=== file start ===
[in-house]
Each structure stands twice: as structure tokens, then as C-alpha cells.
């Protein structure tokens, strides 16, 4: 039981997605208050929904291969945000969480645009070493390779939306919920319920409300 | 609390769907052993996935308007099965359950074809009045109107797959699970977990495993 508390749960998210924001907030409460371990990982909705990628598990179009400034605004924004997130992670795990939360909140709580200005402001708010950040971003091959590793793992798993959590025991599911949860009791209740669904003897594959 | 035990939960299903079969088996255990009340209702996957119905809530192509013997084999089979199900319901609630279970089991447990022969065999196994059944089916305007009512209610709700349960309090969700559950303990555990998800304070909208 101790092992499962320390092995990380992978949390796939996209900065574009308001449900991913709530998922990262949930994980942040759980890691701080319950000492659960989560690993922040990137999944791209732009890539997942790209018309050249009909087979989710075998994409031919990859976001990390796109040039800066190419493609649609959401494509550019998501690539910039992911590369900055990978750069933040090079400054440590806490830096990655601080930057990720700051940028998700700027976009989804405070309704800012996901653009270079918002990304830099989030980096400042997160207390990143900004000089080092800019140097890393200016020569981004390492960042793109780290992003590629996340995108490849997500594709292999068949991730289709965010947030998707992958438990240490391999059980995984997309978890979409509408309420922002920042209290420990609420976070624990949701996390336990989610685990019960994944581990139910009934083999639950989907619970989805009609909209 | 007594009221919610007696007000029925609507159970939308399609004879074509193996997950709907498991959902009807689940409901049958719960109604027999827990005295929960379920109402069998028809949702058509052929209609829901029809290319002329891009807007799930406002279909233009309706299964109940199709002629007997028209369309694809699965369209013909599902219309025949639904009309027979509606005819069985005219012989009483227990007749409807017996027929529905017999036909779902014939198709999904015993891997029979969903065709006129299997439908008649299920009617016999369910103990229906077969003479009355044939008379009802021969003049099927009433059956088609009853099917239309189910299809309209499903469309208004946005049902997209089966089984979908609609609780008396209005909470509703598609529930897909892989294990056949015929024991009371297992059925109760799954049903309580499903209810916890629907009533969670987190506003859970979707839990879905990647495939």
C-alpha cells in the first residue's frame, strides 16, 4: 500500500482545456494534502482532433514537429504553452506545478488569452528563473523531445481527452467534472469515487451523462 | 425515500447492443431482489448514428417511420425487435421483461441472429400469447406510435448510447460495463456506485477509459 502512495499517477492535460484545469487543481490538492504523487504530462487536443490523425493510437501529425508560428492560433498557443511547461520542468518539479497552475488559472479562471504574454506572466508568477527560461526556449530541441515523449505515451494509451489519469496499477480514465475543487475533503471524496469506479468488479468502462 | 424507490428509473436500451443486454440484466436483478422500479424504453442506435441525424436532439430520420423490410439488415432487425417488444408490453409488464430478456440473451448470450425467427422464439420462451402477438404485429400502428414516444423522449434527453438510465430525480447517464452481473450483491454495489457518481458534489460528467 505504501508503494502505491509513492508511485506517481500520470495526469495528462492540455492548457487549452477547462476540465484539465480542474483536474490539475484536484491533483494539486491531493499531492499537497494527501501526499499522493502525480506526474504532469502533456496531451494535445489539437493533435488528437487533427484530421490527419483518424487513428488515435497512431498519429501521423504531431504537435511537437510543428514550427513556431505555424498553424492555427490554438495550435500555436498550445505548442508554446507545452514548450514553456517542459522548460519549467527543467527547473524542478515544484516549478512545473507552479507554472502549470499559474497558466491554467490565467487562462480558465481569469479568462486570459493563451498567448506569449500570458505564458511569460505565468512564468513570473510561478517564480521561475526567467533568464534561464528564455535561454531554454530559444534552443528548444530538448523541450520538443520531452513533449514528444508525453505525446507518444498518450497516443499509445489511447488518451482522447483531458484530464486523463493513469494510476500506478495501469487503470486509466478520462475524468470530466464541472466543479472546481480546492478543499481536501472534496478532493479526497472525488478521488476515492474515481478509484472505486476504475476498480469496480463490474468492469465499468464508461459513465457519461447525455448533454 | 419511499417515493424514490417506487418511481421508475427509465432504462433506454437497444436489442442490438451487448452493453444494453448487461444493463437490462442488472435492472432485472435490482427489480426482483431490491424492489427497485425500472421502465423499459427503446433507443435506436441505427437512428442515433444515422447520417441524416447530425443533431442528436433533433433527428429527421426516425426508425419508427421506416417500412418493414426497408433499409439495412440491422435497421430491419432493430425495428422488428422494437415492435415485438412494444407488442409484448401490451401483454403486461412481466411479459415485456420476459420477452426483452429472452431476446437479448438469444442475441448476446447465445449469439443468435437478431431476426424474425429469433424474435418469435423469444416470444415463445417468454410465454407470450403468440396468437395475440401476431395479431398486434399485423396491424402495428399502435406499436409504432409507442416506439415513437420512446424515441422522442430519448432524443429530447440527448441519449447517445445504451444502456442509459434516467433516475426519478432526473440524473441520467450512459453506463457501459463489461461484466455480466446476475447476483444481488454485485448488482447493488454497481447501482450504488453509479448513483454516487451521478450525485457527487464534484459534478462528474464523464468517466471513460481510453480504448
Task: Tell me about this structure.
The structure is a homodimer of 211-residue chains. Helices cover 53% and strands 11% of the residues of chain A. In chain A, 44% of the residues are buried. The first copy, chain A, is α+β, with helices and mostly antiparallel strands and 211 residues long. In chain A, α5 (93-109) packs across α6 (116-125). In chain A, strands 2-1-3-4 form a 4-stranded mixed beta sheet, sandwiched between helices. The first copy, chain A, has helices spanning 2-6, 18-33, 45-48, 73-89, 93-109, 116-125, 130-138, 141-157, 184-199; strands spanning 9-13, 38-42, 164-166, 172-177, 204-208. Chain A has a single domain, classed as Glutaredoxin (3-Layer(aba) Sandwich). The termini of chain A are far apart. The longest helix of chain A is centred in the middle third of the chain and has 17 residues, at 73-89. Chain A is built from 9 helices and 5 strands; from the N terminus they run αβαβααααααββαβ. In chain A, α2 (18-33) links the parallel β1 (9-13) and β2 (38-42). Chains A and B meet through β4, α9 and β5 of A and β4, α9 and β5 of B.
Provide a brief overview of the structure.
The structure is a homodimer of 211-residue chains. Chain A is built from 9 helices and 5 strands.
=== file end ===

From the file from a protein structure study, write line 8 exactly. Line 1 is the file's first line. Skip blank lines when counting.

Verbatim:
The structure is a homodimer of 211-residue chains. Chain A is built from 9 helices and 5 strands.